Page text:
Are you planning a trip to China? Then you should be prepared with knowledge of daily life in China. These four must-know facts will allow you to be one step ahead of your friends as you get to know Chinese culture and language.
In America, all toilets are accompanied by toilet paper for use. In China there are some exceptions: MOST of public toilets offer tissue. But some others don’t. Big difference!
Now take note: In some bathrooms, you will see a plastic basket (trash can) next to the toilet with tissue inside. Pay Attention! That is “厕纸 (cè zhǐ) toilet paper” that has already been used!
My friend told me a hilarious story once: An American traveled to China and went to small hotel in China. The first thing he did was go to use the “厕所 (cè suǒ) toilet”. When he entered the room, he saw that the only toilet paper in the bathroom was in small pieces in a plastic basket next to the toilet. He couldn’t find a toilet paper roll, so he went ahead and used a few pieces. He thought those pieces were unused for visitors. Boy, was he wrong! These were used pieces of toilet paper. Had he known, I’m sure he would have asked for some help to get unused toilet paper. It was terrible when he found out the truth!
Why is there sometimes only used toilet paper in the bathroom in China? Well, because many buildings in China are older and therefore people worry the pipes will be clogged by too much tissue. So if you see pieces of toilet paper in a basket and no roll of toilet paper, assume that this paper has already been used. And if you bring your own, don’t flush it down the toilet, so you are kind to the owner of the house.
If you go for a dinner with your Chinese friends, most of the time, your Chinese friends will “劝酒 (quànjiǔ) ask you to drink alcohol.” It is a normal and common for the host to encourage you to do so in China. This custom shows that the host wants you to feel their enthusiasm for your coming, and give you a hearty, authentic warm welcome as a guest in their home.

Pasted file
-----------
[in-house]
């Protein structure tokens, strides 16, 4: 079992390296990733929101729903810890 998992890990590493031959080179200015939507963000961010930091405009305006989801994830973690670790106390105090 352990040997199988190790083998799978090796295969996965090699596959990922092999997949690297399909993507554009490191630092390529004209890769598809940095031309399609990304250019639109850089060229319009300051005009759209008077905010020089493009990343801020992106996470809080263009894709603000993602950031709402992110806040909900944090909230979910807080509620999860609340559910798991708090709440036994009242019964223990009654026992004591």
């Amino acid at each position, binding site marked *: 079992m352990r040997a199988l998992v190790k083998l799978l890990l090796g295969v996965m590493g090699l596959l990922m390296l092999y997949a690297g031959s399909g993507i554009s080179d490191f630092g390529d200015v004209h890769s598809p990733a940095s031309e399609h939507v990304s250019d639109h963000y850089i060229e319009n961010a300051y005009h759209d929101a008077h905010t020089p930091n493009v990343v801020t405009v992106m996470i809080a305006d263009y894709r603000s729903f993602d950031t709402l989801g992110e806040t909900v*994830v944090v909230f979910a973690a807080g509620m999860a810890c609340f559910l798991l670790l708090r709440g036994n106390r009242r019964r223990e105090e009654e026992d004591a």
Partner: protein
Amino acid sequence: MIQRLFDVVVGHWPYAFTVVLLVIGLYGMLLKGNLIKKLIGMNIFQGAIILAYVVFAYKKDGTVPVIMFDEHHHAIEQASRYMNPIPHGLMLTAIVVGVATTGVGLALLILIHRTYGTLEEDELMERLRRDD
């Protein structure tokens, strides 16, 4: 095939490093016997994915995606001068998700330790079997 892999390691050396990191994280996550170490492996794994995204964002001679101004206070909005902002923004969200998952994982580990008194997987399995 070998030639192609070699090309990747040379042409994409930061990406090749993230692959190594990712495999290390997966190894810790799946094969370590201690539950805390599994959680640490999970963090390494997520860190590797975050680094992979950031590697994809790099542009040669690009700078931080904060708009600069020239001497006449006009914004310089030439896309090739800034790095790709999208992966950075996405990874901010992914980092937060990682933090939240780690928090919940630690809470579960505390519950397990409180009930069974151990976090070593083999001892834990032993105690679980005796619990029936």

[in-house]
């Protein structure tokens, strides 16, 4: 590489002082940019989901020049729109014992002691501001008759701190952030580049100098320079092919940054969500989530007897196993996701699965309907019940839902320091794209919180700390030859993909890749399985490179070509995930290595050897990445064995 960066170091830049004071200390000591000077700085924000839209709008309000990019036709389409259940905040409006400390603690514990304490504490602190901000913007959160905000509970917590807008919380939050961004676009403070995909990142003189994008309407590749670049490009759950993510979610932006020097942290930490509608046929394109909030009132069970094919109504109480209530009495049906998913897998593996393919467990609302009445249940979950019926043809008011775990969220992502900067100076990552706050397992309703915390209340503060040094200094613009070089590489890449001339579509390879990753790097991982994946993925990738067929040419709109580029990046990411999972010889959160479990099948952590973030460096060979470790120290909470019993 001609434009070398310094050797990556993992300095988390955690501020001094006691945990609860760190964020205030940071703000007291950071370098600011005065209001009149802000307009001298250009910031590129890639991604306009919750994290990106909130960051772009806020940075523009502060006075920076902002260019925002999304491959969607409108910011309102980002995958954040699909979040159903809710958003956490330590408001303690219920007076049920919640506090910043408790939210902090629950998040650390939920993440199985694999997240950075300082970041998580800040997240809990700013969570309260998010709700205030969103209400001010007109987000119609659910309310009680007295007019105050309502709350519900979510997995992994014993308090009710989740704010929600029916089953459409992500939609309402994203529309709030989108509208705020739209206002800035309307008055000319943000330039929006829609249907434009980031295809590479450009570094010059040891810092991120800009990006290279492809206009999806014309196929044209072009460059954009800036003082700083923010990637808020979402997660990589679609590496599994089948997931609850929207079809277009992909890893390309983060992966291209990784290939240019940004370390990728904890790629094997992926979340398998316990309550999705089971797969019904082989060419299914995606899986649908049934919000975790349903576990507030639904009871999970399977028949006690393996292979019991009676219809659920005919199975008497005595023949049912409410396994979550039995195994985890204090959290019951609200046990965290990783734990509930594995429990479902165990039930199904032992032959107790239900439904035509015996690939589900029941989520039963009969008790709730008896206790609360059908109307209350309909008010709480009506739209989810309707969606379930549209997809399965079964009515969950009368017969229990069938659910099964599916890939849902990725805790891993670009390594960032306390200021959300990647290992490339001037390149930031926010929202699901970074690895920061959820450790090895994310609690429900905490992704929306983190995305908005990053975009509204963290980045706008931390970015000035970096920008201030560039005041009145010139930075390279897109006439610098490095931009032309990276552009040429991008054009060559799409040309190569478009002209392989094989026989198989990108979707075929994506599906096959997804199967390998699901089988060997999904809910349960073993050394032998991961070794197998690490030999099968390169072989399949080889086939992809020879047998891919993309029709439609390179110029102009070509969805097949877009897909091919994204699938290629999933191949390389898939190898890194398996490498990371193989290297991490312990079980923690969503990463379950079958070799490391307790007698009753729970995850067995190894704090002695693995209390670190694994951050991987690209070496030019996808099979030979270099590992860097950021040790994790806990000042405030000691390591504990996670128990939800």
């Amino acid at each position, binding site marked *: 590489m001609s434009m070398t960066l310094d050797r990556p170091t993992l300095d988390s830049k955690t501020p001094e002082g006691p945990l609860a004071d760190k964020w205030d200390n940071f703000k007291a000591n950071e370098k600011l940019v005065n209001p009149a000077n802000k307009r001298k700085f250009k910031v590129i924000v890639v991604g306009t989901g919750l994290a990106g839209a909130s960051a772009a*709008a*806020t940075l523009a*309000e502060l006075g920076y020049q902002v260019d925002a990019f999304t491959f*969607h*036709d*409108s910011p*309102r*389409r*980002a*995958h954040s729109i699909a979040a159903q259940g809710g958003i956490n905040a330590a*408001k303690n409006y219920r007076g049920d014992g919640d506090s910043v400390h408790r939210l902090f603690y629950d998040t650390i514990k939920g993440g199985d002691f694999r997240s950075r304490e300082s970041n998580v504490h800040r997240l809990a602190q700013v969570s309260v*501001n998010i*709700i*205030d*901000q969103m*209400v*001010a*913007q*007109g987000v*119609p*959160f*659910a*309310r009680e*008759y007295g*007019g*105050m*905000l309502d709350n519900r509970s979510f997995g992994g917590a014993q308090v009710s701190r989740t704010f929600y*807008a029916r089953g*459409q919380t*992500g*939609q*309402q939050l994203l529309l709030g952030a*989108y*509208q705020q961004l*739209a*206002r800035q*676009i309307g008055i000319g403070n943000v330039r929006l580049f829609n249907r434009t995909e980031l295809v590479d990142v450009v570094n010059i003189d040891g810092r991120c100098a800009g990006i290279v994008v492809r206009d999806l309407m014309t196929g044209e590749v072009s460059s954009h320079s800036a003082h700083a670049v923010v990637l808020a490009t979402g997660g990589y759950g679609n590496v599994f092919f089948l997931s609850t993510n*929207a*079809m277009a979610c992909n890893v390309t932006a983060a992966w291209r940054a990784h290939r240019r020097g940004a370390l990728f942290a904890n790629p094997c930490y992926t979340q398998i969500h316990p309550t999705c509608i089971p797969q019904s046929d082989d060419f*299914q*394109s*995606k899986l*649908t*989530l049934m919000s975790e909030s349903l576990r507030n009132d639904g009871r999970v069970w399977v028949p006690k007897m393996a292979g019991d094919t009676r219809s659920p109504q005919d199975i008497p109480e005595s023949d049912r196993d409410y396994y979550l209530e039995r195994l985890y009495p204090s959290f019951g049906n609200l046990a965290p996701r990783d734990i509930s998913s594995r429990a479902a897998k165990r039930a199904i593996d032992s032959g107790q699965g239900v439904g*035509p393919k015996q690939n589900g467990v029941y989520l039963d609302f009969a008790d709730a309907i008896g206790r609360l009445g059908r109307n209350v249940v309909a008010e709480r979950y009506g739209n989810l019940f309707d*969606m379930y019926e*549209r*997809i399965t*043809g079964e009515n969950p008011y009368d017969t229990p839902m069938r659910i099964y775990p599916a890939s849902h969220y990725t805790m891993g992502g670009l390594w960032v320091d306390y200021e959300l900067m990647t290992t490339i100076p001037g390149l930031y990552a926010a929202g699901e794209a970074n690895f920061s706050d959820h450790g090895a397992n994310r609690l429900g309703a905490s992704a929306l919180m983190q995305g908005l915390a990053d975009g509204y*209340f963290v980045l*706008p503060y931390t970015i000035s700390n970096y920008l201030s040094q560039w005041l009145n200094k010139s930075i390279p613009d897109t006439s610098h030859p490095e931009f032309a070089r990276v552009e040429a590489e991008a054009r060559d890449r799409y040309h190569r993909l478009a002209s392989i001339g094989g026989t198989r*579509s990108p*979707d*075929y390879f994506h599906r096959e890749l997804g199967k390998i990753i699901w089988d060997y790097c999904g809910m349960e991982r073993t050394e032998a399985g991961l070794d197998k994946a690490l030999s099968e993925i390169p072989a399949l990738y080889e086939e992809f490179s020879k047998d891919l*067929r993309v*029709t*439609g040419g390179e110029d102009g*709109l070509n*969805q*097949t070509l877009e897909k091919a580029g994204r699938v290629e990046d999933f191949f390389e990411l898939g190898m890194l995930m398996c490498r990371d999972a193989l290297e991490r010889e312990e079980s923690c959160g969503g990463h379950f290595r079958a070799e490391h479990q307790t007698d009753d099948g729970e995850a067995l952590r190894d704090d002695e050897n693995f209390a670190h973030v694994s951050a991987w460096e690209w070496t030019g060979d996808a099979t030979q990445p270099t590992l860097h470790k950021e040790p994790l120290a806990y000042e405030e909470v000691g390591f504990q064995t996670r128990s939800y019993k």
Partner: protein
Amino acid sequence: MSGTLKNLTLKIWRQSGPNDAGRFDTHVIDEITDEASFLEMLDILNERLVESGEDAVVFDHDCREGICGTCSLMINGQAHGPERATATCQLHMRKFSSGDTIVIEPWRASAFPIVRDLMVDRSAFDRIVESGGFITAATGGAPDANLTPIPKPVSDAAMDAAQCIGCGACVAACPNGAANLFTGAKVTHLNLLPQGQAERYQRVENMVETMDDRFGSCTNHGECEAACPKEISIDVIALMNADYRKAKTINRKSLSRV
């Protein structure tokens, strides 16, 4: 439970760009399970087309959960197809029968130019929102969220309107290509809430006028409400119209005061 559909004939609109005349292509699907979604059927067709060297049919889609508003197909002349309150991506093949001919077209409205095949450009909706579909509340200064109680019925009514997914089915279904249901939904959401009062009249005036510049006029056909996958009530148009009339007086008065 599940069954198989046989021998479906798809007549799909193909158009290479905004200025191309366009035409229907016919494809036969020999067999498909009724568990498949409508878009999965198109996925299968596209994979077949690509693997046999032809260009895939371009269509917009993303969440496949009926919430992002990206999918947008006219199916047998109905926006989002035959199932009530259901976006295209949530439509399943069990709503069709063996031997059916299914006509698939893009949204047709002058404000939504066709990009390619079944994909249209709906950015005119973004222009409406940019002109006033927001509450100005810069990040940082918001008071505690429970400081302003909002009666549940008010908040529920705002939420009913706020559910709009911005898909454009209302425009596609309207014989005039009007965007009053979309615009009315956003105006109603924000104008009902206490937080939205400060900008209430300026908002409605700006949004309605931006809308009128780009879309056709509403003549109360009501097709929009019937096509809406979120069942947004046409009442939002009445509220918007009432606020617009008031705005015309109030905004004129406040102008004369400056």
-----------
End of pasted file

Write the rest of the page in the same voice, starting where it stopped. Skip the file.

Do you feel it’s a bit impolite for a friend of yours to urge you to drink? This difference from East and West represents another cultural difference.
How do you deal with this cultural peer pressure? You tell the host you choose not to drink, at the very beginning of the dinner. Address the issue head on because if you accept the first glass of wine, your Chinese friends will urge you to go for the second, third glass, etc.
Seriously, you will experience the most terrible traffic you have ever seen in your life. If you know even a little bit about the size of the Chinese population, you can see how it would be very difficult to enjoy a trip out to your favor sightseeing destination on a Chinese holiday. People gather around bus stations and train stations, and every major destination is packed with lines of people. Additionally, the price of sightseeing tickets, hotels, and food skyrockets. If you have to travel during Chinese holidays, plan for months in advance. Book the necessary tickets for transportation and hotels online ahead of time. And be prepared to see “人山人海 (rénshānrénhǎi) huge crowds of people” at any of the popular destinations.
Normally, you don’t need to “给小费 (gěi xiǎo fèi) tip” waiters in Mainland China. In western countries, tip is a common and normal way to recognize a reception of services and then return gratitude and offer payment for these services. It is expected in restaurants and cafes. However, when you go to a restaurant in China, you rarely see someone give the waiter any tips. It is said that the government has set some rules that the travel agencies, tour guides and other establishments can not charge tourists tips. If they do, they will be fined a considerable amount of money by the Chinese government.
Nǚ cèsuǒ zài nǎlǐ?
女 厕所 在 哪里？
Where is the ladies’ toilet?
Zài zhōngguó, quànjiǔ shì yì zhǒng cānzhuō lǐyí.
在 中国， 劝酒 是 一 种 餐桌 礼仪。
Urging other people to drink is a table manner in China.
Nǐ gěi fúwùyuán xiǎofèi le ma?
你 给 服务员 小费 了 吗？
Have you given the waiter a tip?
Do you have a funny or interesting story about daily life in China? Share them with us by commenting below!
Which of the following scenarios is FALSE when it comes to common aspects of daily life in China:
A. Sometimes toilet paper is not offered in restrooms.
B. There are huge traffic jams on public holidays.
C. Hosts do not encourage their guests to drink alcohol when they invite them over to dinner.
D. Normally you don’t need to tip waiters in Mainland China.
Jennifer Zhu is a professional Chinese teacher from eChineseLearning. She has many years of Chinese language teaching experience and received her B.A. and M.A. in “Teaching Chinese as a Second Language.”